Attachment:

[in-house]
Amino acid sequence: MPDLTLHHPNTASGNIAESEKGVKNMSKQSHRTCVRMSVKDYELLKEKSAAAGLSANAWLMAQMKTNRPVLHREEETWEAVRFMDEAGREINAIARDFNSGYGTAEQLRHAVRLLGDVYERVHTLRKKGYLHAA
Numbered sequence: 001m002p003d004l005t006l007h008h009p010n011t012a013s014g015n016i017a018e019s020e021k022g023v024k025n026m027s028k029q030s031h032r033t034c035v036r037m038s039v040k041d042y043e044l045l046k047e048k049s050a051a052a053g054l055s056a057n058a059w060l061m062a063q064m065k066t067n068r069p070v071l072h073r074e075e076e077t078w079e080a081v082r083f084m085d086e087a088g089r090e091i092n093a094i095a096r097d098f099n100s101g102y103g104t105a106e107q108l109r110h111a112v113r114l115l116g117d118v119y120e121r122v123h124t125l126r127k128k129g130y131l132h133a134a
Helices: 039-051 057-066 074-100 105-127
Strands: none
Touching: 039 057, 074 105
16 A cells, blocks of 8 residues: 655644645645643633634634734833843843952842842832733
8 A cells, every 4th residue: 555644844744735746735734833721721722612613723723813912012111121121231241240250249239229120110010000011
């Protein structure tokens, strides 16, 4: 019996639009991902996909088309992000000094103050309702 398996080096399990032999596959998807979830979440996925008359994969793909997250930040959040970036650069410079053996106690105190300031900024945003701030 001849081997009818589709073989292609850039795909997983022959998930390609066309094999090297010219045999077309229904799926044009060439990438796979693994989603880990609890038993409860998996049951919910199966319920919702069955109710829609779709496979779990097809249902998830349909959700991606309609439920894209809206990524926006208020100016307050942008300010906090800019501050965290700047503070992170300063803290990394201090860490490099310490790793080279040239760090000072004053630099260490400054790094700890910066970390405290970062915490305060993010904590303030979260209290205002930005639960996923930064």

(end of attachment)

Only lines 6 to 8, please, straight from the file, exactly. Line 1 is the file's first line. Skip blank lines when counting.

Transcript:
Touching: 039 057, 074 105
16 A cells, blocks of 8 residues: 655644645645643633634634734833843843952842842832733
8 A cells, every 4th residue: 555644844744735746735734833721721722612613723723813912012111121121231241240250249239229120110010000011